It must be said that the aggressive “nationalist” euphoria unleashed by the Hindutva forces to the accompaniment of deft media spins have helped to draw wide sections of the dispossessed into a framework of perception where Muslims and the Congress party are now routinely come to be seen as inimical to the greatness which rightfully suffuses India from ancient to modern times, barring some eight centuries of foreign “Muslim” rule. That much of that time one “Muslim” ruler fought battles with another “Muslim” ruler in other parts in the territory of India, propelled on either side by Hindu satraps and sipah-salars is therefore a fact not to be admitted into historical analyses. This project also involves, concomitantly, the devaluation, denial, and denigration of every aspect of “Muslim” contribution to India’s composite cultural and social history.

The electoral victories of the Hindutva forces are crucial to this project; these are plied to propagate the idea that these forces have a mandate for the macro-historical transformations they seek to bring about. In this process, base arguments about the actual numbers and percentages that the BJP wins are trashed as being of no consequence, given a first-past-the-post system of democracy. Consider, for example, that in 2014 the BJP won a clear majority in the Lok Sabha on the lowest ever poll percentage since independence! The other infectious aspect of the dominant narrative now is the forging of a miasma of Indian “greatness” on the world scale, however hard objective economic and social facts may every-day contradict that claim. A sort of impenetrably toxic self-delusion is thus sought to be disseminated—an agenda which is increasingly assisted by a considerable section of the media, especially among the electronic channels. Credit must be given to this politics for succeeding in good measure to marginalise the plethora of resistance movements and people’s agitations which now dot the realm from end to end. The majority population of the Republic is thus dubbed “anti-national” and in league with all manner of “enemies” internal and external.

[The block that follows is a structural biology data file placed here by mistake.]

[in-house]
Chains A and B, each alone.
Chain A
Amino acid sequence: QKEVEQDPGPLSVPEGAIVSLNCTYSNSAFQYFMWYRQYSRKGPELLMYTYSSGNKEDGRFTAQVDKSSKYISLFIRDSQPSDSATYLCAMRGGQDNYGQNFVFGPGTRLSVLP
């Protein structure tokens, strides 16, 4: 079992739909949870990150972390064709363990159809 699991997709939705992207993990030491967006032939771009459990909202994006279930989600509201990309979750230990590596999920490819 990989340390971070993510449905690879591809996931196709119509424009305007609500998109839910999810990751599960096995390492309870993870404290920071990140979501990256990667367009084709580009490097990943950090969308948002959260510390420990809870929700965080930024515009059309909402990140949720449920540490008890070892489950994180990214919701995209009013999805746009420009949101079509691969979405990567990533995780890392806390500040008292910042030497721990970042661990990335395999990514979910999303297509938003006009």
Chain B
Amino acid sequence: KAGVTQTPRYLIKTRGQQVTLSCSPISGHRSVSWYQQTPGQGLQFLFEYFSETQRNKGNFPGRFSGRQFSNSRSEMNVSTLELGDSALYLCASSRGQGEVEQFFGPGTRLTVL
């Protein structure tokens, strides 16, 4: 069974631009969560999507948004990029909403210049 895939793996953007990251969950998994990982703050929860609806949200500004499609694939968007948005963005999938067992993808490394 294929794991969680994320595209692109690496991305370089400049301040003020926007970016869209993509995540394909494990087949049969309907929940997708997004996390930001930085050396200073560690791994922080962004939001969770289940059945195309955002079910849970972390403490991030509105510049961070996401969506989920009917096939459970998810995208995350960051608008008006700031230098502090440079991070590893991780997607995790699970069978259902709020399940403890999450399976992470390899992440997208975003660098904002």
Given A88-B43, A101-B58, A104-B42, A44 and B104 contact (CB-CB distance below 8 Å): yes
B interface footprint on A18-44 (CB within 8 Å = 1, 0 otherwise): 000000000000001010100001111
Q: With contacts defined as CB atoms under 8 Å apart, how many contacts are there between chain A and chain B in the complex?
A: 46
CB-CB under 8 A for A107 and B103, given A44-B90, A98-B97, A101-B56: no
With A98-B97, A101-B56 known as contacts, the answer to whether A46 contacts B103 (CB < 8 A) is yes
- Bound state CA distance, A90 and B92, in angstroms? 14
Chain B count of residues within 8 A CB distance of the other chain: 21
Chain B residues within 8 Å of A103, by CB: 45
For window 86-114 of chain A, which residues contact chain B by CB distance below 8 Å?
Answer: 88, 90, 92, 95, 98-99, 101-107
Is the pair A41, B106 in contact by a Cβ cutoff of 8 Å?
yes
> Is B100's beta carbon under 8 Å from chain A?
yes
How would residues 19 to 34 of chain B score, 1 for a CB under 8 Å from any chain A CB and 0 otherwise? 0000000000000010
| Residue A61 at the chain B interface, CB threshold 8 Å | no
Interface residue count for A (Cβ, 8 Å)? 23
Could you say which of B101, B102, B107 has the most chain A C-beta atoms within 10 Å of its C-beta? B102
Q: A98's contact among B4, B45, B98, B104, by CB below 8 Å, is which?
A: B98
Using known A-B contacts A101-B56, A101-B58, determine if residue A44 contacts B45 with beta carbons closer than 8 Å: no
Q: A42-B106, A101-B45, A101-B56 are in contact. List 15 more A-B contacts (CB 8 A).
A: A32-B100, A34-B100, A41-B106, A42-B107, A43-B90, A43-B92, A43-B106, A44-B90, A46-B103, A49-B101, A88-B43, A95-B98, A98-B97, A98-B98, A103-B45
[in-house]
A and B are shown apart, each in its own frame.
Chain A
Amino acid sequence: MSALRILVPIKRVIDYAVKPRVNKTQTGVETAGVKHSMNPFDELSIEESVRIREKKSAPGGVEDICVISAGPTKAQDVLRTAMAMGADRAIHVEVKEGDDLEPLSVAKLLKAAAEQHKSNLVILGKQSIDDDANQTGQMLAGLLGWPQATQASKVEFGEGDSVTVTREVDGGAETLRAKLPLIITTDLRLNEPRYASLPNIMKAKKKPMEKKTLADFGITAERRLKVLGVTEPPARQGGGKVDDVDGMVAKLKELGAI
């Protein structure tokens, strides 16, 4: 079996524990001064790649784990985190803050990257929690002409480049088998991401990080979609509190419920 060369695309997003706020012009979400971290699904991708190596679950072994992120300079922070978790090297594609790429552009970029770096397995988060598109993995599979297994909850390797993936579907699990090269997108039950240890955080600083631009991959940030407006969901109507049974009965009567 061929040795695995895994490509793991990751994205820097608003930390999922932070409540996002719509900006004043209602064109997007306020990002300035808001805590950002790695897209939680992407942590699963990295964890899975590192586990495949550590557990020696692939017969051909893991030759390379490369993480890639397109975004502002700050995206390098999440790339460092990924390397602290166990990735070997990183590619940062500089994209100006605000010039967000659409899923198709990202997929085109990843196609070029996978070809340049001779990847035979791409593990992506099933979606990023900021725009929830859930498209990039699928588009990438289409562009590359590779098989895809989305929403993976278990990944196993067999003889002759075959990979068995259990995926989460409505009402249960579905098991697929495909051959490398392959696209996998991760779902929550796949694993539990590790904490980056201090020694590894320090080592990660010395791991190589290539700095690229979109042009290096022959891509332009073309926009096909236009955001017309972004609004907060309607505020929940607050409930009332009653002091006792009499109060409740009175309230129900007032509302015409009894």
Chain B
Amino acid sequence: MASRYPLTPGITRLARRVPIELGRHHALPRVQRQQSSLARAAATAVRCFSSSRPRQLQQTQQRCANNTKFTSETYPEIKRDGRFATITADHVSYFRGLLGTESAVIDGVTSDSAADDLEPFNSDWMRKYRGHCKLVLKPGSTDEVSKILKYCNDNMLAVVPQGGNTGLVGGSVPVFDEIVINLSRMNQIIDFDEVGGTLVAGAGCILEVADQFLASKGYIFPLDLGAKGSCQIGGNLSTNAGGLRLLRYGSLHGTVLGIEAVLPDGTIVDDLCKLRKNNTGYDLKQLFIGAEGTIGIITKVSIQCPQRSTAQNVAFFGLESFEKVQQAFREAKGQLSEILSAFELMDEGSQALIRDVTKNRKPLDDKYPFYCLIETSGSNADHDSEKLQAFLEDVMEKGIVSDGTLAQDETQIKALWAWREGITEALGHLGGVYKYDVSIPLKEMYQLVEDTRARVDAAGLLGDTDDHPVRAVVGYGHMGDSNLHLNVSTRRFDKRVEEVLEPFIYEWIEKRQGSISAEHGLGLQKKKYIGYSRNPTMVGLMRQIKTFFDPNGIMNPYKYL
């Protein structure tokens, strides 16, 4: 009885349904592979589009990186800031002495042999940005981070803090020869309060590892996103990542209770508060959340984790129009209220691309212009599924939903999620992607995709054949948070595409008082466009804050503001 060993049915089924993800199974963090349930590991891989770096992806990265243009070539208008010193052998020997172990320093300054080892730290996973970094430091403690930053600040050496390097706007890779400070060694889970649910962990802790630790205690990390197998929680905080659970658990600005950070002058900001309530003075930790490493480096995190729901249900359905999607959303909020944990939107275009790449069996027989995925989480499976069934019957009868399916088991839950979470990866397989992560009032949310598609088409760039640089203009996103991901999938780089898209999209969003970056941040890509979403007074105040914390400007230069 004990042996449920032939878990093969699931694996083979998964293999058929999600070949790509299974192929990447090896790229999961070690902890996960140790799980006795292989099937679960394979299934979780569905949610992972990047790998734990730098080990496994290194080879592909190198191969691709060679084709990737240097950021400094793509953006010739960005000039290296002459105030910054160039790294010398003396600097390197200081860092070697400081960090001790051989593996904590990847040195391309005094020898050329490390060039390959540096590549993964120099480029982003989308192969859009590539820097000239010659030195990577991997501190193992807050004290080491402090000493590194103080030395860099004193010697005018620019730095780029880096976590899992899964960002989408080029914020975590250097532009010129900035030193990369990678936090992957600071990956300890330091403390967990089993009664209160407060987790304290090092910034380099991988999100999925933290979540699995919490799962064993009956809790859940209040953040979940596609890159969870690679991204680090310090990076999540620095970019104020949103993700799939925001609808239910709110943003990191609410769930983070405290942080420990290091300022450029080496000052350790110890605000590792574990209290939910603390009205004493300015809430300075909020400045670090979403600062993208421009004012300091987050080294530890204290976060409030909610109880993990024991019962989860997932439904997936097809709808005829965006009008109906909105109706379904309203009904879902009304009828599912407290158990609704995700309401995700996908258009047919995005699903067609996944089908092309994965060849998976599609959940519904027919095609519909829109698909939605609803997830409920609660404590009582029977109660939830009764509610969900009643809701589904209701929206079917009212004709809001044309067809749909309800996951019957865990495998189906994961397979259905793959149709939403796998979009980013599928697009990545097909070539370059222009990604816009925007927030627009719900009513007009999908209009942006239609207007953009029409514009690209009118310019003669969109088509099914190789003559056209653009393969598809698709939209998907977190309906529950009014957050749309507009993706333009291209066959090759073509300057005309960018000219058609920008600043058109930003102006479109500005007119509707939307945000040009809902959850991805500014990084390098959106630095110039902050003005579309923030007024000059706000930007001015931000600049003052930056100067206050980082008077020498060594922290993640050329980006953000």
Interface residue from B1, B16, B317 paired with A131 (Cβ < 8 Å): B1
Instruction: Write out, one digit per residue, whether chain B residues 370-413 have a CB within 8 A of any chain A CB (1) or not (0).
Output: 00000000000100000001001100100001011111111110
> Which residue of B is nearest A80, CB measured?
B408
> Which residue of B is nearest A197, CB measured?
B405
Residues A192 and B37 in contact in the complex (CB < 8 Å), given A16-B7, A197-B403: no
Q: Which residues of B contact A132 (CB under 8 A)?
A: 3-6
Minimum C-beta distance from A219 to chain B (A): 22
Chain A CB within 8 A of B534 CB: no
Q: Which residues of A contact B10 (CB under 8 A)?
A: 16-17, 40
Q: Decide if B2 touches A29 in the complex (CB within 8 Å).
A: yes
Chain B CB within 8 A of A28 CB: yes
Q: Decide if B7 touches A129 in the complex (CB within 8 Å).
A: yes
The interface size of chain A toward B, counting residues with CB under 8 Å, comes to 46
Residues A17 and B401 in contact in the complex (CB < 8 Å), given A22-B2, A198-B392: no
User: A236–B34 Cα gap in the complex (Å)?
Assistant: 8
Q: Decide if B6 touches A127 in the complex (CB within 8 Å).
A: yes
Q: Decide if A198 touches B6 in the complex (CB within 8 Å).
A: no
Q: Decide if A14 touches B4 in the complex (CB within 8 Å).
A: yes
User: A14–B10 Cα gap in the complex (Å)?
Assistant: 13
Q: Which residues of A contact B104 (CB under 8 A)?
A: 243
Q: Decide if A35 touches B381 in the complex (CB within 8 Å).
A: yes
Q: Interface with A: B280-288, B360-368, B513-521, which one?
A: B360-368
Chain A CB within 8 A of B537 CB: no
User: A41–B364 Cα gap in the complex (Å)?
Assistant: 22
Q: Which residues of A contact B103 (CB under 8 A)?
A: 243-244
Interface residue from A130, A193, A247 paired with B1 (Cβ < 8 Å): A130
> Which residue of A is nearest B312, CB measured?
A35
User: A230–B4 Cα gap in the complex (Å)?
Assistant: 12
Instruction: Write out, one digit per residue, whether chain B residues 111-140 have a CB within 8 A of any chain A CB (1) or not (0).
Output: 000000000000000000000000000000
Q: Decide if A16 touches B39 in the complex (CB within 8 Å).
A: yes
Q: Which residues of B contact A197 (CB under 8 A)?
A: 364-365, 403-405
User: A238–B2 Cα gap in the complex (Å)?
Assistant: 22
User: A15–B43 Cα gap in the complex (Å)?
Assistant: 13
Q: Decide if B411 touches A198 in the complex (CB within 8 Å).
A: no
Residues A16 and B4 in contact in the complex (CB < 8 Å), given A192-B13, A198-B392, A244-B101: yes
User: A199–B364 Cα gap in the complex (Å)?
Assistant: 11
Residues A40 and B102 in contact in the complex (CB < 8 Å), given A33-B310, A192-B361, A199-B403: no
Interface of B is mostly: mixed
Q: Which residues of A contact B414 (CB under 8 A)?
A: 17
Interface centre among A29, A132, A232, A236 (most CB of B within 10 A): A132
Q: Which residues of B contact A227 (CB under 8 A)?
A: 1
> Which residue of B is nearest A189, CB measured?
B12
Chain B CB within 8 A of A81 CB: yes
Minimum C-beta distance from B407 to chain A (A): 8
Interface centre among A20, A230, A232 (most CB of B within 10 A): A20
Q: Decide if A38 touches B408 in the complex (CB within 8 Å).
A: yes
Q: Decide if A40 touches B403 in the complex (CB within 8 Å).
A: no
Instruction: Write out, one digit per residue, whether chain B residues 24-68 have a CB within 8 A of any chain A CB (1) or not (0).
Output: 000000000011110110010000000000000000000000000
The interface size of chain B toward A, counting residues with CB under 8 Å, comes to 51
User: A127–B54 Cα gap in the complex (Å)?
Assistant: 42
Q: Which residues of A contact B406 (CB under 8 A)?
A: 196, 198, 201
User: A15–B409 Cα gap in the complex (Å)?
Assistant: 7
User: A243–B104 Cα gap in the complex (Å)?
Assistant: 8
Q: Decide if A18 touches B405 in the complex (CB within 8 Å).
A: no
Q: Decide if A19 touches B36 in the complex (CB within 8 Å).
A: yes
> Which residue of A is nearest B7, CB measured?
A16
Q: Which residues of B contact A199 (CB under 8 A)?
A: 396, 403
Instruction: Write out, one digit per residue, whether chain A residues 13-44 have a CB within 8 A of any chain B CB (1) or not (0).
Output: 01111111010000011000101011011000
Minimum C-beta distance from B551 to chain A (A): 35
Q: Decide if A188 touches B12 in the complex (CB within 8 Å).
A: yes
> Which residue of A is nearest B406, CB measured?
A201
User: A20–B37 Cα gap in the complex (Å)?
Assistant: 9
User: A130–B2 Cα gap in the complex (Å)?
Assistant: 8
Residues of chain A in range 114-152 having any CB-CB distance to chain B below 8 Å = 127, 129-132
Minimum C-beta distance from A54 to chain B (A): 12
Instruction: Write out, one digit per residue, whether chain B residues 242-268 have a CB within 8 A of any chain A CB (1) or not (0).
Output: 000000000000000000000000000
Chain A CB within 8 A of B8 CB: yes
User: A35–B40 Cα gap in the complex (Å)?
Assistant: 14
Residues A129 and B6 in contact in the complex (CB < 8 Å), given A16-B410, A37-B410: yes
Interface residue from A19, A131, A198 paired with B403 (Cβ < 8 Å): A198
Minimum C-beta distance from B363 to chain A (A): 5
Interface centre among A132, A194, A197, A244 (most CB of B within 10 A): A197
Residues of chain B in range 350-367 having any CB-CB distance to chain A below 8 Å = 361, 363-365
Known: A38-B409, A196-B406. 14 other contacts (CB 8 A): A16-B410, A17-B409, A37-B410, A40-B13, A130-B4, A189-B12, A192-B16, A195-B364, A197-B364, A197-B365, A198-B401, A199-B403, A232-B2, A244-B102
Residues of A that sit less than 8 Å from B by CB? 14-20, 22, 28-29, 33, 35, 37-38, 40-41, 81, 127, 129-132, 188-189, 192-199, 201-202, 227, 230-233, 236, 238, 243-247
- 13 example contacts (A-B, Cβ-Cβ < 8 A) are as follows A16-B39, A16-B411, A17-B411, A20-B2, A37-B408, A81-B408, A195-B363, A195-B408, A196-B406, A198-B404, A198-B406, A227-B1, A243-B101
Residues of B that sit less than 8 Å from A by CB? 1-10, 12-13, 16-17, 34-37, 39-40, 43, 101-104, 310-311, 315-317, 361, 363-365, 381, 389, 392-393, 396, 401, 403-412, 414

One is, therefore, less sanguine now that, lacking electoral victories, India’s organised political opposition is realistically poised to stem this systematic degradation of India’s Constitutional Democracy into Fascistic rule from the top and Fascistic mob assertion from the bottom. Informed by a common purpose in this the mutually reinforced schema to undermine pluralist symbols, icons, textbooks, habits of livelihood in the matter of dress, worship, nutrition, language-use and so forth, is menacingly central to obtaining a lasting change-over from a diverse polity to a coerced uniformity. The fact that dogmatic and reactionary sections of leadership among the Muslim community especially—often mirroring the patriarchal and feudalistic control mechanisms and conditionings of their Hindutva counterparts—does not help the cause of strengthening a more emancipated form of living that ought to accompany the infusions of newer technologies into the country’s economic life. The desired goal seems to be to produce wealth on the one hand by embracing any and all strategies of “development” and simultaneously to hold back the march of science and liberal education to medieval times. Such a congeries of overlaps then must suggest how Herculean a task confronts those genuinely rational and liberating sections of India’s cultural and political classes who wish to make the fruits of India’s productive life available as equally as possible and to arm the common citizenry with the power to argue out that concatenation of coercive backwardnesses that seek to keep them in thrall while the apropriaters of wealth produced by everyday hands join company with the most rollicking of global sets.